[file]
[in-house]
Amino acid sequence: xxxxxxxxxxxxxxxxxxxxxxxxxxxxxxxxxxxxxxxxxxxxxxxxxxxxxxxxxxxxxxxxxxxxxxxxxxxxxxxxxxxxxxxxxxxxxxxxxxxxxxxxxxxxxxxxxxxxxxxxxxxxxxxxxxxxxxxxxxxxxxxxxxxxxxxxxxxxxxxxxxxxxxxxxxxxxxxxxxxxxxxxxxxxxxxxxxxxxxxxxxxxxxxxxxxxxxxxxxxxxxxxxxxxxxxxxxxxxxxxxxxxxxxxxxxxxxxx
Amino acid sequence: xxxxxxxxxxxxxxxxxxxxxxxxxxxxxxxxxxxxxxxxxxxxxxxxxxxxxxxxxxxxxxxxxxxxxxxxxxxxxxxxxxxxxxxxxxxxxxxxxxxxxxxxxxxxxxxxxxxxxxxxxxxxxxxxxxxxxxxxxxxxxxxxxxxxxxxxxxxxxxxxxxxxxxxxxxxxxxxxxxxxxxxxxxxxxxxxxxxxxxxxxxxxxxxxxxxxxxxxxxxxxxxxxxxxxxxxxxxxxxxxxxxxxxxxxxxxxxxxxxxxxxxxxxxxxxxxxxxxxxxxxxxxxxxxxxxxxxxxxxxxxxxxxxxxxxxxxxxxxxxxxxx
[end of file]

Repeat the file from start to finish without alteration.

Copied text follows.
[in-house]
Amino acid sequence: xxxxxxxxxxxxxxxxxxxxxxxxxxxxxxxxxxxxxxxxxxxxxxxxxxxxxxxxxxxxxxxxxxxxxxxxxxxxxxxxxxxxxxxxxxxxxxxxxxxxxxxxxxxxxxxxxxxxxxxxxxxxxxxxxxxxxxxxxxxxxxxxxxxxxxxxxxxxxxxxxxxxxxxxxxxxxxxxxxxxxxxxxxxxxxxxxxxxxxxxxxxxxxxxxxxxxxxxxxxxxxxxxxxxxxxxxxxxxxxxxxxxxxxxxxxxxxxx
Amino acid sequence: xxxxxxxxxxxxxxxxxxxxxxxxxxxxxxxxxxxxxxxxxxxxxxxxxxxxxxxxxxxxxxxxxxxxxxxxxxxxxxxxxxxxxxxxxxxxxxxxxxxxxxxxxxxxxxxxxxxxxxxxxxxxxxxxxxxxxxxxxxxxxxxxxxxxxxxxxxxxxxxxxxxxxxxxxxxxxxxxxxxxxxxxxxxxxxxxxxxxxxxxxxxxxxxxxxxxxxxxxxxxxxxxxxxxxxxxxxxxxxxxxxxxxxxxxxxxxxxxxxxxxxxxxxxxxxxxxxxxxxxxxxxxxxxxxxxxxxxxxxxxxxxxxxxxxxxxxxxxxxxxxxx